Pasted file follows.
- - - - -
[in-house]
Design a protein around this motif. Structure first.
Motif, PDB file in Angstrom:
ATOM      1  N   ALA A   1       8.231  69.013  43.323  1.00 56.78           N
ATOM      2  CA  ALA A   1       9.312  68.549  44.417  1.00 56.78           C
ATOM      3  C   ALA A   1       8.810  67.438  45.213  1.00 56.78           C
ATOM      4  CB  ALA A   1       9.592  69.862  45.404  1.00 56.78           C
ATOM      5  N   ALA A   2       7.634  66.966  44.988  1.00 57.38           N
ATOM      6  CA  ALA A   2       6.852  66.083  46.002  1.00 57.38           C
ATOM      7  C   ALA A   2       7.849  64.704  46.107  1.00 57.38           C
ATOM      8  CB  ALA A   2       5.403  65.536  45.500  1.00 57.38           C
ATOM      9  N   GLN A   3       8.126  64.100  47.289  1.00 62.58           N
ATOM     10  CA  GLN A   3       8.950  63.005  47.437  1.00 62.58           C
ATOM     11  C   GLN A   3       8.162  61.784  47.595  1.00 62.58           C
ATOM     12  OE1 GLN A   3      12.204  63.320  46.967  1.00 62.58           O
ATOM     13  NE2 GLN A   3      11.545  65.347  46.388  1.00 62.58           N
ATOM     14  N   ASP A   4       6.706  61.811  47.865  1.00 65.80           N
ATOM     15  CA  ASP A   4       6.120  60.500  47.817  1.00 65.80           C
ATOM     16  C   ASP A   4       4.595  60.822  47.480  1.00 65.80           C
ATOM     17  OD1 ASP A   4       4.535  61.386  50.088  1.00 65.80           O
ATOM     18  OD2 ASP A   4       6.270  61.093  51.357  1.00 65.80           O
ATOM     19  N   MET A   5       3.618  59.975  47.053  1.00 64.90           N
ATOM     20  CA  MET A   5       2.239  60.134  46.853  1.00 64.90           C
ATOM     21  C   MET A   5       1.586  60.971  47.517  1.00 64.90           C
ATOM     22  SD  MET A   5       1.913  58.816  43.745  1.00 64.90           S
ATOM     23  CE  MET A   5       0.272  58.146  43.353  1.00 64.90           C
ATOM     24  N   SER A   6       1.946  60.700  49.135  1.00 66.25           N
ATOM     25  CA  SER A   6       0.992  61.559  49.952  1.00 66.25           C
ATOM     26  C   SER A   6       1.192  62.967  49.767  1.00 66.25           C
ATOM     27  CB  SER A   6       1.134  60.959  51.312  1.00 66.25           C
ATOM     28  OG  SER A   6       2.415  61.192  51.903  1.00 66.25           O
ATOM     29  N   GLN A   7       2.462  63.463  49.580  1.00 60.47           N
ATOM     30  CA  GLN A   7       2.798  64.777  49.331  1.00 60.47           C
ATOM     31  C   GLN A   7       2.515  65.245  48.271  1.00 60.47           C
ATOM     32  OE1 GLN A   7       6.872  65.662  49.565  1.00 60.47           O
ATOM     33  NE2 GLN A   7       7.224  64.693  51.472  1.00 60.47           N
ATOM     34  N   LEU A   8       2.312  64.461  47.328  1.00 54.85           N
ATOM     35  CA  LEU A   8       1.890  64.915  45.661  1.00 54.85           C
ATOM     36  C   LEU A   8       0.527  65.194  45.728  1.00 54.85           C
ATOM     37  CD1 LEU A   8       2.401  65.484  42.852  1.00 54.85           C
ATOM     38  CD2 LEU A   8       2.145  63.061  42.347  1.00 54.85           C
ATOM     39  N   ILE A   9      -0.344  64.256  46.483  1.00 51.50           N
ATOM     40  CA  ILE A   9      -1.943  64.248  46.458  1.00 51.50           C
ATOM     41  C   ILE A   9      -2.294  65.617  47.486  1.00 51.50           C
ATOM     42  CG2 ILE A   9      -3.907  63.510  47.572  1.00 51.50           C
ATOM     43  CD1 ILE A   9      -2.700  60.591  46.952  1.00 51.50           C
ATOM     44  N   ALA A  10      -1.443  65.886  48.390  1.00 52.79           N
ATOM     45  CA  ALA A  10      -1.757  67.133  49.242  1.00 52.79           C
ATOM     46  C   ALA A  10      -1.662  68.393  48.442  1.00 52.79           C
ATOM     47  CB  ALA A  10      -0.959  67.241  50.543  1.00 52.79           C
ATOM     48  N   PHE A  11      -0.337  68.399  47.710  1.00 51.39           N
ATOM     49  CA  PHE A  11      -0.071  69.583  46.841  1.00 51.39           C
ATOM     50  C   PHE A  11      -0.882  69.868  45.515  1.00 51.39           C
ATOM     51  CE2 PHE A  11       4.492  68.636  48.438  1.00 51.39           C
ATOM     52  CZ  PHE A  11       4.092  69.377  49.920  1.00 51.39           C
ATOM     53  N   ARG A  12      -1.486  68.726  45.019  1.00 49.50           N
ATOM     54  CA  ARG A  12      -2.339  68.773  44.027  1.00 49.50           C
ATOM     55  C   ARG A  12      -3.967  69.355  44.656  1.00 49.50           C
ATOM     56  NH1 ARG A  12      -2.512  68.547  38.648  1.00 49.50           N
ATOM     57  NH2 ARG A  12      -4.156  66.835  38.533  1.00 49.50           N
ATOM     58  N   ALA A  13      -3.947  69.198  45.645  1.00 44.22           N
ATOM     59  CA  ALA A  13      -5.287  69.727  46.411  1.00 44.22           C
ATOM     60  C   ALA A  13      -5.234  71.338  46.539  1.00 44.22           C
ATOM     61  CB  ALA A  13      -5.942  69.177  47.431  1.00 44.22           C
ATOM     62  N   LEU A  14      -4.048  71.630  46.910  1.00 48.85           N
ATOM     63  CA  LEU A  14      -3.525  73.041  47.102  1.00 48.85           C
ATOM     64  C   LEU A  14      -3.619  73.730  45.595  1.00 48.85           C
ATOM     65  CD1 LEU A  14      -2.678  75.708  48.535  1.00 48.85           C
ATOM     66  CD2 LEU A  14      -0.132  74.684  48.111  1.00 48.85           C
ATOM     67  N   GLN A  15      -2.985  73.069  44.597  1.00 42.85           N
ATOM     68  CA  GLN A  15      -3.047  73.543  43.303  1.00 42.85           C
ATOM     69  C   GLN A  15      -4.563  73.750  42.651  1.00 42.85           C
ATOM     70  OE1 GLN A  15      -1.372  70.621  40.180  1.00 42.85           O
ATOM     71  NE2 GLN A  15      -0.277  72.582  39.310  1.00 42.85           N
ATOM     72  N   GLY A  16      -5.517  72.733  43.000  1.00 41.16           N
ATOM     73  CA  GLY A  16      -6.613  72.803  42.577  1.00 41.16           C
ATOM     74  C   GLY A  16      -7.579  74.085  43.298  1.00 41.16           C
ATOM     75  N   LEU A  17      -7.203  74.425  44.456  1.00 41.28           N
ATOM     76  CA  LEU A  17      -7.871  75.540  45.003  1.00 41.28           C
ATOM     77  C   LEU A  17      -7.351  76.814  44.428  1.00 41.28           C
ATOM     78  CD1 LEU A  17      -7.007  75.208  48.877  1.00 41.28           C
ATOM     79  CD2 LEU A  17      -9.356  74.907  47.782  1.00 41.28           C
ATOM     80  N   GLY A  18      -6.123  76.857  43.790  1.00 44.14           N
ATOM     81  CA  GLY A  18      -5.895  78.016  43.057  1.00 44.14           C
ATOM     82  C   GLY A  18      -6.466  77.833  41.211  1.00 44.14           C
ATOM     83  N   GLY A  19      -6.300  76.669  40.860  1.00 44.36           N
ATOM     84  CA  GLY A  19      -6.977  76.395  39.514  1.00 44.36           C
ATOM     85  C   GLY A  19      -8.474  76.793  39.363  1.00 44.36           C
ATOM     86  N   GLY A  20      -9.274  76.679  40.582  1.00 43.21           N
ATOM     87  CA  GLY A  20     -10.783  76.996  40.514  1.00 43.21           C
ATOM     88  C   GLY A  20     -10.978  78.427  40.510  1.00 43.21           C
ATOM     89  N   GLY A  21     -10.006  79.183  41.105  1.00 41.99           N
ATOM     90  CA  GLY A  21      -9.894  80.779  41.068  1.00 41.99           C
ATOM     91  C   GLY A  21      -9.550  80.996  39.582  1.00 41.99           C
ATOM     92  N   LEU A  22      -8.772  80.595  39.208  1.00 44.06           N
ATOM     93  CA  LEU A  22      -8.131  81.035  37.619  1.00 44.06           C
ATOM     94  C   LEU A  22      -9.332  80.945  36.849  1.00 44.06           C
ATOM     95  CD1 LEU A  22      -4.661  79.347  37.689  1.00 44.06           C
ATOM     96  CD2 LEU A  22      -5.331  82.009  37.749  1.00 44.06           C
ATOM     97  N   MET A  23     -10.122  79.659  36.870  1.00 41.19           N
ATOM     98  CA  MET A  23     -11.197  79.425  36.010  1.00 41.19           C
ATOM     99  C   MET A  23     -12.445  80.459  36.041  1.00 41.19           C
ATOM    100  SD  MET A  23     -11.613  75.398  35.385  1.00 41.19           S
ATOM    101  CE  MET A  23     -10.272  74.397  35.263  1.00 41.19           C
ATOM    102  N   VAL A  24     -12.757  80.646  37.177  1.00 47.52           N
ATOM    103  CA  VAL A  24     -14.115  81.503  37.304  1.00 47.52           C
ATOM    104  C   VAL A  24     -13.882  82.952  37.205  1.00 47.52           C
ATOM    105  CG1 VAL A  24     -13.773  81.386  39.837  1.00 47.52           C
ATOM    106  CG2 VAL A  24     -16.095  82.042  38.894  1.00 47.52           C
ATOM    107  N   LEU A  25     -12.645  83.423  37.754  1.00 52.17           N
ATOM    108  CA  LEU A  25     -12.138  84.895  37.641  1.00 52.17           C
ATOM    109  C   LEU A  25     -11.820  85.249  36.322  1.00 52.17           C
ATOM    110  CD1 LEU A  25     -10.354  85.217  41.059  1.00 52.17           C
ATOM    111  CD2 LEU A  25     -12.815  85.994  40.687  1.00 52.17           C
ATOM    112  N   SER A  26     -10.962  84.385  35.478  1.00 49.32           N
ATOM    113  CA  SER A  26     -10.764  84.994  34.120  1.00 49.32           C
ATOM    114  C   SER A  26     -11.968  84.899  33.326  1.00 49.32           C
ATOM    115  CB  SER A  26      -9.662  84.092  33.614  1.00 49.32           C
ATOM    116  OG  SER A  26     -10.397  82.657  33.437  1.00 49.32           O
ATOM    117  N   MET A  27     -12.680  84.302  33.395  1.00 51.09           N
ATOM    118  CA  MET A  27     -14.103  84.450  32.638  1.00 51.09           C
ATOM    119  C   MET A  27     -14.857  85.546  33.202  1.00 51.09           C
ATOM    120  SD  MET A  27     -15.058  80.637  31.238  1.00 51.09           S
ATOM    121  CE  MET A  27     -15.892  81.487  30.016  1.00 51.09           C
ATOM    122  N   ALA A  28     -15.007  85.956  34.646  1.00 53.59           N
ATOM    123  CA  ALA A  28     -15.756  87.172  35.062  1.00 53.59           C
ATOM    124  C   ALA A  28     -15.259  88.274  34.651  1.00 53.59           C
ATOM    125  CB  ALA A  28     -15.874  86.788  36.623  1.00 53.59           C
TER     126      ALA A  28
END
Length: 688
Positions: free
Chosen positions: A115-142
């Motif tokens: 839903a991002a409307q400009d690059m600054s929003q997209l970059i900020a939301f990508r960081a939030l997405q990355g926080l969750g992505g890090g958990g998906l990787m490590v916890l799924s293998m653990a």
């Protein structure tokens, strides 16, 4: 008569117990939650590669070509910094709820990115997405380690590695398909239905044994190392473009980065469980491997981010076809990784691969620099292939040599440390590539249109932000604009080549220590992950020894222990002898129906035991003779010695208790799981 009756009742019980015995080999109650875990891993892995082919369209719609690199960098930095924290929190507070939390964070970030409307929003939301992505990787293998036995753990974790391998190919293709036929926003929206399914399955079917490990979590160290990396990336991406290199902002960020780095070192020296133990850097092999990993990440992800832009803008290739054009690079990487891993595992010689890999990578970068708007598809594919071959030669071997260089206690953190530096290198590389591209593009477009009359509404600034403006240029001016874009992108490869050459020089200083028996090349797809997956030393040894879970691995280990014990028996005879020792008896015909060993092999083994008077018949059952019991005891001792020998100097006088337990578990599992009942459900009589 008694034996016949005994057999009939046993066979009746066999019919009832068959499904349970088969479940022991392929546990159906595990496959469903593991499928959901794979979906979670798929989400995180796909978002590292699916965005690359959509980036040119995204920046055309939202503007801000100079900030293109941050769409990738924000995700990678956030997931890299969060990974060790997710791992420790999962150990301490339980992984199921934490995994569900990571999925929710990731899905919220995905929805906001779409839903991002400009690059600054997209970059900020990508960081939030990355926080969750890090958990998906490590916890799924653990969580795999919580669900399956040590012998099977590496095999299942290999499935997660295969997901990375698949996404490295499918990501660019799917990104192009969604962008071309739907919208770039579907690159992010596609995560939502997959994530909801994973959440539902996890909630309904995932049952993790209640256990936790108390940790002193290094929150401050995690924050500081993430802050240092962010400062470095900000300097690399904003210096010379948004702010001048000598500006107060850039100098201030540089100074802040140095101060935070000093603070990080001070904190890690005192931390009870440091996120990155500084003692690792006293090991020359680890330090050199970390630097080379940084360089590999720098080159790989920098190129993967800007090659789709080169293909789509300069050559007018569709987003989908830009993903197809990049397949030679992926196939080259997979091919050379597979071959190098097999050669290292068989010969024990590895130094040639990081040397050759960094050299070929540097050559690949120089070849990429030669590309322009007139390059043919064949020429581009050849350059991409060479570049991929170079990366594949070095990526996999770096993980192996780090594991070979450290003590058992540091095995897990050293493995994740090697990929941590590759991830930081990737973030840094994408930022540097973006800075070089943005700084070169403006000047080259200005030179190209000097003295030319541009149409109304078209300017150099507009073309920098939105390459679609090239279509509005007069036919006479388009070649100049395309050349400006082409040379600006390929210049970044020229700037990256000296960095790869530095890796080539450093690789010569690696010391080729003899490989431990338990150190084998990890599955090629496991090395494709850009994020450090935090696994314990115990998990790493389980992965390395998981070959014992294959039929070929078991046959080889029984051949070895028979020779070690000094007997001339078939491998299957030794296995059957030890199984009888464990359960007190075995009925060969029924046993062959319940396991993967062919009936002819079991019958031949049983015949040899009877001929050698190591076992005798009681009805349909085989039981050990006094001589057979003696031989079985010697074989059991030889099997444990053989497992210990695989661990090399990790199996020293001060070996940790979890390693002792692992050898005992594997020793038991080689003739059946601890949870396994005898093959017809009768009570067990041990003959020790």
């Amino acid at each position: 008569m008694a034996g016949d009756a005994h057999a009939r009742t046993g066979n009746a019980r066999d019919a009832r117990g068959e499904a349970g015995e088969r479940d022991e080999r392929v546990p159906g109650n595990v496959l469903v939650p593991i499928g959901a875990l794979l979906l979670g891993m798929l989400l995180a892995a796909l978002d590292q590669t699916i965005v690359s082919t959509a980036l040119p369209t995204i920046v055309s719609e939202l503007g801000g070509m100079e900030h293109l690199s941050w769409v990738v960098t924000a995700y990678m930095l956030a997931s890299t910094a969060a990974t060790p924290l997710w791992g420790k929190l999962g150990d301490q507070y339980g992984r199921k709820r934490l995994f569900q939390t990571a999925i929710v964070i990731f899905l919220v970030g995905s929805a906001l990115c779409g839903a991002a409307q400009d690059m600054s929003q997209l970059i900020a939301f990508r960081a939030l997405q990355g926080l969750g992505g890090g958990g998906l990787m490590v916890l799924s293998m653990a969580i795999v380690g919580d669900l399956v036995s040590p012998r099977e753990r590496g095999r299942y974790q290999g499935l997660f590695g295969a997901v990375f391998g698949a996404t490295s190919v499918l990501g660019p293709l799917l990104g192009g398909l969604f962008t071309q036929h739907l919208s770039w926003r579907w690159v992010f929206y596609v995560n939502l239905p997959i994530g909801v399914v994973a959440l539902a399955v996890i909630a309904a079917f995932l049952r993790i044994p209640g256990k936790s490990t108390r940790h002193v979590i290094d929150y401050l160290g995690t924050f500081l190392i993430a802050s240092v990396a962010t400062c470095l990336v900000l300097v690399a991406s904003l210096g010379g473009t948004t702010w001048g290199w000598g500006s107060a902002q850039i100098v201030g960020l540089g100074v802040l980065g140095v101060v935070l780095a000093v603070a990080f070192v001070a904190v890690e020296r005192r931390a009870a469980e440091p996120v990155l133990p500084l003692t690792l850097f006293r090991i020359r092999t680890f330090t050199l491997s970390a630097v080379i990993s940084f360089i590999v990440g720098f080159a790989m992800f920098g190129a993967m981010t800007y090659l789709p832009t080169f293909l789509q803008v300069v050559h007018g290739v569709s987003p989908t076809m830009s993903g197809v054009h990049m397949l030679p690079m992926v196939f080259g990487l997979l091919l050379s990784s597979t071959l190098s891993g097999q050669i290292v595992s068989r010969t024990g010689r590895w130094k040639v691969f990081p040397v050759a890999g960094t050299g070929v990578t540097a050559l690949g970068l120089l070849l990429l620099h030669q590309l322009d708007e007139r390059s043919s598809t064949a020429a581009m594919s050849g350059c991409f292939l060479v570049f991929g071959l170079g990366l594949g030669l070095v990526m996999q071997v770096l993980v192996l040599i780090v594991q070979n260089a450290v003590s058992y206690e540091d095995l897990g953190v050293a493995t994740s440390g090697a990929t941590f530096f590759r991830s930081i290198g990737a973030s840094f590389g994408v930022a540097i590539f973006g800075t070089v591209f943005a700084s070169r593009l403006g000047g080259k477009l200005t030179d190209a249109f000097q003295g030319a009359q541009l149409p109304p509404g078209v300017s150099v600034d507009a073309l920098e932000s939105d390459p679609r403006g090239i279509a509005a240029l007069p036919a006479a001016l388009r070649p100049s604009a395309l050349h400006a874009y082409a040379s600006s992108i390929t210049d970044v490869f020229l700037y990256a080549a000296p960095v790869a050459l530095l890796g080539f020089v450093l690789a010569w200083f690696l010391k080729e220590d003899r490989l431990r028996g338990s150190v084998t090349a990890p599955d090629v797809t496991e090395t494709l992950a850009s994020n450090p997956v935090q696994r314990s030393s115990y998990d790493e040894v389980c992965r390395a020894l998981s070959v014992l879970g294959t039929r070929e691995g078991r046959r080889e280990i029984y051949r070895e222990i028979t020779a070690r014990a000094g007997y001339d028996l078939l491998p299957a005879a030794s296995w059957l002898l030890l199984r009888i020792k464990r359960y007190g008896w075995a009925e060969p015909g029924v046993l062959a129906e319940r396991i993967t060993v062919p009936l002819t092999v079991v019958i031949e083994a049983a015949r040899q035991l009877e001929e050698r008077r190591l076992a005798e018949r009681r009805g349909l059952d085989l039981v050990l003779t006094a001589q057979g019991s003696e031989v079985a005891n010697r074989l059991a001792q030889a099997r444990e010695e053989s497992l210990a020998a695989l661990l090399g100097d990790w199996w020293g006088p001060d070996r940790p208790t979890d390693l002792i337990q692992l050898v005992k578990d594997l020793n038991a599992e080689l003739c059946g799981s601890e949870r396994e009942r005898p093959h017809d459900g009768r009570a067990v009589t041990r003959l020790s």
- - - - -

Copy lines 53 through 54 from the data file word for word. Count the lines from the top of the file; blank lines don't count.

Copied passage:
ATOM     50  C   PHE A  11      -0.882  69.868  45.515  1.00 51.39           C
ATOM     51  CE2 PHE A  11       4.492  68.636  48.438  1.00 51.39           C